Clear-Com Explains the Tempest2400 MasterBelt

BroadcastAsia (June 19-22, 2012)

BroadcastAsia is Asia's leading exhibition and knowledge platform for the broadcasting industry. The show was held at Suntec City, Singapore and delivered a comprehensive experience for experts and professionals in the broadcasting, film and pro-audio industries.

Clear-Com (Booth 4R2-06) presented HelixNet Partyline, Tempest2400 with Seamless Roaming, Tempest MasterBelt and the Eclipse V-Series rotary panels.

Here are some of the stories about Clear-Com that were released at the show:

July 5, 2012

The Must-Know TV Terms

Rom Rosenblum, Applications Engineer at Clear-Com explains some of the most common TV terms in the industry. How many of these do you know?

1)            EIC:  The Engineer-in-charge is the guy or gal who runs the studio or truck and is the primary source of information pertaining to all things that are technical.

2)            Tape Room: The “tape" or video storage room is where the playback machines are operated. In the modern world, the word “tape” is not even used, but the terms “hard drive recording” are used. In the old days, Sony beta machines, ¾ inch machines, 1 inch and even 2 inch machines from way back were used for playback. It’s also sometimes colloquially referred to by the audio guys as the “snake pit”.

3)            Elvis: This is the common term for a tapeless playback device. EVS’s ™ LSM® was the most common machine. It had a series of hard drives all controlled synchronously for video and audio playback.

4)            Melt:  This term is most commonly used in sports broadcast and refers to all the day’s highlights. These highlights are edited together in a stream and “shipped down the line” to the station over the transmission lines, or brought back to the station on a tape or removable medium, from the remote site for archiving and playback later.

5)            A-1:  The head audio engineer in a broadcast. This person is responsible for all audio in the broadcast and will manipulate the sounds of the show accordingly. The better ones also control the intercoms and route the IFBs for talent.

6)            A-2:  The A-2 is the assistant to the A-1. This person reports to the A-1 and sets up all the audio gear and the mics the talent use to keep the whole show running.

7)            IFB: This stands for Interruptible Fold Back. “Fold Back” is an audio monitor. The interrupt part is achieved when a producer pushes a button on the intercom panel to break the signal going to the talent’s ear, and replaces it with the producer’s voice. This is used for cueing and informational purposes.

8)            PL:  A common and often misunderstood term that stands for “Party Line”. It is also the common term for an intercom system. A party line is most often an audio conference that can be heard by anyone listening and they can be, in turn, heard by anyone on that PL. This is used more frequently than a “point-to-point” communication device, which is found on more sophisticated systems.       

9)            Mult:  A multi-cabled “snake” or fat cable that contains many cables inside, so one only has to drag one large cable instead of a collection of many thinner cables. Hopefully, they are labeled correctly on each end!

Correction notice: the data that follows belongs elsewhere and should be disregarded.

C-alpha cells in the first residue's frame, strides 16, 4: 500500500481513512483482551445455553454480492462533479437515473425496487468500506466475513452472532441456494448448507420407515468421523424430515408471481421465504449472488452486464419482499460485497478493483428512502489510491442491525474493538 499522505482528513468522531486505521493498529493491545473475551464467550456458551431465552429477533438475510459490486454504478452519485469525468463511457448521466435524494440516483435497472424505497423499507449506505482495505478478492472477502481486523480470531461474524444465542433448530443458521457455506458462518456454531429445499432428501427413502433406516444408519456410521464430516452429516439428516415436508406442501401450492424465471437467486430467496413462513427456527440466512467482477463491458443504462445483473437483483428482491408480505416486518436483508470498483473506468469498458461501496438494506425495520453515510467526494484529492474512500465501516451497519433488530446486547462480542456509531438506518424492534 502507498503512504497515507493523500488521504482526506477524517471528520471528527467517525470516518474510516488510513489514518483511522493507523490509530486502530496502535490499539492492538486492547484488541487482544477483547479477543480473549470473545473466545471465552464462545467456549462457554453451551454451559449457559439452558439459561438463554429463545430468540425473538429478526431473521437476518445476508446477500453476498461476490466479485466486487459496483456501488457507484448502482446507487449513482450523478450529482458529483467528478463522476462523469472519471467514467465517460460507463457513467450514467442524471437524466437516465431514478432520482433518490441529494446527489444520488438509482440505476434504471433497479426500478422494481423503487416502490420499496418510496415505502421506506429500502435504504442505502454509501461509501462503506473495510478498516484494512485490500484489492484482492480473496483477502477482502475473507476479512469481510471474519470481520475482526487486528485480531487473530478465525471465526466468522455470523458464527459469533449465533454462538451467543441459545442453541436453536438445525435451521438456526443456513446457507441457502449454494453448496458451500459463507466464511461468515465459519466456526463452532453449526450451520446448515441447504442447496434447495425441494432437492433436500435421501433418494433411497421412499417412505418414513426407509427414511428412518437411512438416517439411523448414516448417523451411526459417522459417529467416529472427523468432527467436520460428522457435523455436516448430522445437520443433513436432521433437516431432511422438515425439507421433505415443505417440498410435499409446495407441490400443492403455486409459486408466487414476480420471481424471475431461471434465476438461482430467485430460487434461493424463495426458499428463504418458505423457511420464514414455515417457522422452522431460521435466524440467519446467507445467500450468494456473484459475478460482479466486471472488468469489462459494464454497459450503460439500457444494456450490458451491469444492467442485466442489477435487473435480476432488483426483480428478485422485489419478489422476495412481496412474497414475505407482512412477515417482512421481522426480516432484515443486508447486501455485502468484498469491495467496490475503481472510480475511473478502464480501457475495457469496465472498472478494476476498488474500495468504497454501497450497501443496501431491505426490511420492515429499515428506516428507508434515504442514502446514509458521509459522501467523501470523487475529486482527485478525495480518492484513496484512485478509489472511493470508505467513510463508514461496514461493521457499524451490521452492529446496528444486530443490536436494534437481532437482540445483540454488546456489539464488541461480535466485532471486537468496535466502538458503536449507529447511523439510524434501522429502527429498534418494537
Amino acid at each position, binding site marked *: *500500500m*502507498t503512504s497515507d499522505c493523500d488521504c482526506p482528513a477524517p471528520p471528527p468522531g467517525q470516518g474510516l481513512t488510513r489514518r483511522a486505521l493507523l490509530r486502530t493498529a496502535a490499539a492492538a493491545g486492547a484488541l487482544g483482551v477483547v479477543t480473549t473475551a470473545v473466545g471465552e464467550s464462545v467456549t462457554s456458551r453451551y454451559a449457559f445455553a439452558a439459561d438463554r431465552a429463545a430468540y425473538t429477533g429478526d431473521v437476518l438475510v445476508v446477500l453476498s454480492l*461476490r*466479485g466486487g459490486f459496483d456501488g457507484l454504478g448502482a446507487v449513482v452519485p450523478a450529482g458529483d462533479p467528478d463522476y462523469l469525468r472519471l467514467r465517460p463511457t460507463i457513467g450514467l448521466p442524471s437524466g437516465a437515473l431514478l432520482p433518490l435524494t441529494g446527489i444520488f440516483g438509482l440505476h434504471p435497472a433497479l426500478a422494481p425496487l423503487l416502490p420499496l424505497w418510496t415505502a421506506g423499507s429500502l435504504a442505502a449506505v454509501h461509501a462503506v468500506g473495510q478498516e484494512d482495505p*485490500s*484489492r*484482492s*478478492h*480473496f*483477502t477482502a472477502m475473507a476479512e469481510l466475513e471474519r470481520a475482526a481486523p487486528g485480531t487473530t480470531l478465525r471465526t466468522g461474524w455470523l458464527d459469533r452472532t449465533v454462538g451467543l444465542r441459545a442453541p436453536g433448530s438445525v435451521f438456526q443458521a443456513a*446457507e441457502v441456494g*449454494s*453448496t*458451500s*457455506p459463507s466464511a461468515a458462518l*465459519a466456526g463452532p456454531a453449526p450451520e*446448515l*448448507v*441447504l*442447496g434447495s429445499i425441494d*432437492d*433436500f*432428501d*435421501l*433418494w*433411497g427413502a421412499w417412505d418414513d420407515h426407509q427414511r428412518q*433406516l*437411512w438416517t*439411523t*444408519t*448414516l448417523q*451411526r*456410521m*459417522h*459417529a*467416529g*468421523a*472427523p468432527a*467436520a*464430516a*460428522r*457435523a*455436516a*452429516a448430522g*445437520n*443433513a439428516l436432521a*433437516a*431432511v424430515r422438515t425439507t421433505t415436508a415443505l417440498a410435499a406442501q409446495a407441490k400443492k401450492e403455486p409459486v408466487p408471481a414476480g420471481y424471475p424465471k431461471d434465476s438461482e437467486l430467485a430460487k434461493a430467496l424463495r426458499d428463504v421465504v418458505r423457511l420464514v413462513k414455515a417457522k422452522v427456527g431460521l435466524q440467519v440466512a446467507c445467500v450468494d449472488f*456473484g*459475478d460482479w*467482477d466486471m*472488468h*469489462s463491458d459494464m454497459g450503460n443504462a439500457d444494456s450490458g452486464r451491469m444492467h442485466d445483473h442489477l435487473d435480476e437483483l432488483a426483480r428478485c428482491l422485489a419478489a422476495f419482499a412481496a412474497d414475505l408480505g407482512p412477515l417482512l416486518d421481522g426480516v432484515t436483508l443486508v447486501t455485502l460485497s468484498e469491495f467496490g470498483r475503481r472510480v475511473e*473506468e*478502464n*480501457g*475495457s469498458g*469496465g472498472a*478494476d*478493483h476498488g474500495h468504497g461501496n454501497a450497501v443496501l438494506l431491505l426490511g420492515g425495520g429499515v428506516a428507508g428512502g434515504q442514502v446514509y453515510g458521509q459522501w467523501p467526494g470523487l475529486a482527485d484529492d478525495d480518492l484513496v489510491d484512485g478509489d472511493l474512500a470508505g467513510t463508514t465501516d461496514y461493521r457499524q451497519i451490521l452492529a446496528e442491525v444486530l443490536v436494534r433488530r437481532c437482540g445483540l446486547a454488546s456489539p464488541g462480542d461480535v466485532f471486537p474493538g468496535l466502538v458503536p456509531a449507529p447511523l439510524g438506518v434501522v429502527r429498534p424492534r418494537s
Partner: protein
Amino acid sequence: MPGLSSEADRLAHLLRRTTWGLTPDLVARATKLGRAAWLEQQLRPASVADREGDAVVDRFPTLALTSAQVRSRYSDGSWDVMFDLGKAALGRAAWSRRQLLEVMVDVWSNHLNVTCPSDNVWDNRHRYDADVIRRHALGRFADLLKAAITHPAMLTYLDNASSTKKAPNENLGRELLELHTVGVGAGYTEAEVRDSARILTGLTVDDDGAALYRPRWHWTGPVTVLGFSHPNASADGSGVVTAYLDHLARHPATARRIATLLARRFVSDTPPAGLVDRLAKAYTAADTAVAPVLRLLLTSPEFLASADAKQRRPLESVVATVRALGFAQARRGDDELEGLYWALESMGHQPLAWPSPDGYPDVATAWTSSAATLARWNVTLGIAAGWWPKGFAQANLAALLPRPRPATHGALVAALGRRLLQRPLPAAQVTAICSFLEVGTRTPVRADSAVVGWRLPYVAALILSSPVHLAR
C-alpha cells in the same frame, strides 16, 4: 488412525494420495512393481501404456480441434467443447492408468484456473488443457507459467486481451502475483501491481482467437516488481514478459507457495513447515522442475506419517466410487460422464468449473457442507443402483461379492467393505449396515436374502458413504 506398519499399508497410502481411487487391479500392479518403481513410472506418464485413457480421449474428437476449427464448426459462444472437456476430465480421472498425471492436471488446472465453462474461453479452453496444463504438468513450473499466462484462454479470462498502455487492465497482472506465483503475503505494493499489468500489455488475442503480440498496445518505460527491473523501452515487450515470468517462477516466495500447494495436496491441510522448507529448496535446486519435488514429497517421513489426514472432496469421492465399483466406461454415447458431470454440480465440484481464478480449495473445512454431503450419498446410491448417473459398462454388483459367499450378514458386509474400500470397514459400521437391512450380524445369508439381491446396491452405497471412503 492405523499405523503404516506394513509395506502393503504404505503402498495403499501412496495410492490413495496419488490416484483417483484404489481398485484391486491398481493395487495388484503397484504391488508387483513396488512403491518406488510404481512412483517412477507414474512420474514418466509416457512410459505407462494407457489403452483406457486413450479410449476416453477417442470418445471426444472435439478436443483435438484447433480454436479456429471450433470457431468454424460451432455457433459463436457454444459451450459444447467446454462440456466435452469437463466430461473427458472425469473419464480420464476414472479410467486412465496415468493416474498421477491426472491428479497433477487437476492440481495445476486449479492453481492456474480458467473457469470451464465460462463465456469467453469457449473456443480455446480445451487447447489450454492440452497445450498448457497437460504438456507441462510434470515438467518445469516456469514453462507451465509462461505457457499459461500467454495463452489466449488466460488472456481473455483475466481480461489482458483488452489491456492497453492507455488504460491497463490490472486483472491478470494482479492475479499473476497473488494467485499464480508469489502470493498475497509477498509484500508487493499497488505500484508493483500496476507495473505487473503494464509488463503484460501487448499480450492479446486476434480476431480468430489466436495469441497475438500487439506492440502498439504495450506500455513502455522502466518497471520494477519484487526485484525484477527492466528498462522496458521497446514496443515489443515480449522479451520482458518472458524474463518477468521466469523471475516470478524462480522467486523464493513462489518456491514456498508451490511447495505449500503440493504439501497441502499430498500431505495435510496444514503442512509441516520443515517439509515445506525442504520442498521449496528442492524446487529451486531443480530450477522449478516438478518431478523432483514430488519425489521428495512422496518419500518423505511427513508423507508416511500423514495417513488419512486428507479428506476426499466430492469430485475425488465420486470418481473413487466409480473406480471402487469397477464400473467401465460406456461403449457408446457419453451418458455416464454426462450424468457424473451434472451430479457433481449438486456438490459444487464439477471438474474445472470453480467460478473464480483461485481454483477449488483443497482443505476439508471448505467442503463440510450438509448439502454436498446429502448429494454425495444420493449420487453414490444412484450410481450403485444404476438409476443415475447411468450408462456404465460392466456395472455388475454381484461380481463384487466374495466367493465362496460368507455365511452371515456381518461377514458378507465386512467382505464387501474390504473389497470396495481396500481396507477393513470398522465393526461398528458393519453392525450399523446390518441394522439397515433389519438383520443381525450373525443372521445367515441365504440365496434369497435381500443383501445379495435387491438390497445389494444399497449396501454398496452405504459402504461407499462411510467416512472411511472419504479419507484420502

10)          Pair:  A whole cable, usually within a mult. A 12-pair mult would have 12 mic cables contained within it, for a total of 36 wires.  Each mic cable has one twisted pair (two twisted wires) and a ground drain, and all three are separately shielded and contained in one jacketed sleeve. Then, the whole bundle is wrapped in a single sleeve.

11)          “Wet” vs. “Dry” lines:  When we refer to a line or circuit as “dry”, we mean that there is voltage on that line to power up a beltpack, a remote station or a microphone. A “dry” line would be an unpowered audio or data circuit. Sometimes, a “dry pair” cable is used for mics or line connections. “Dry pair” is the common term for phone company wires. Analog phone lines are also wet.

12)          Turnaround:  Commonly a male to male or female to female XLR adapter. It is used to change the “sex” of the connector.

13)          Shore Power: When using power from the “house”, which is the building you are in, that is considered shore power. This is not the case when using a portable generator.

14)          I/O panel:  The Input / Output connector panel on a TV truck or studio wall is where we plug in all the connectors to interface to and from the show.

15)          Single-Muff and Double-Muff: Intercom headsets come in the one ear-cup and two ear-cup varieties.  The single muff is most commonly used in quiet work environments and for hand held cameras, as the right ear-cup would bump against the side of the camera on your right shoulder.

16)          “When’s lunch?”: This is the most often asked question. It is usually asked at CALL, when one arrives on site.

July 4, 2012

Tempest Tip of the Week

Proper antenna placement is the most important factor in maximizing RF performance. Whether using a Tempest BaseStation with one or two antennas or a remote transceiver, correct antenna placement can mean the difference between acceptable or great RF performance. Place antennas above head level, away from metal obstructions. Position  omni-directional antennas in the center of the coverage area. Set directional antennas on the edge of the coverage area pointing across it. When using a BaseStation or transceiver with two antennas, always make sure that the coverage patterns of both antennas overlap in the desired coverage area. Antenna placement matters!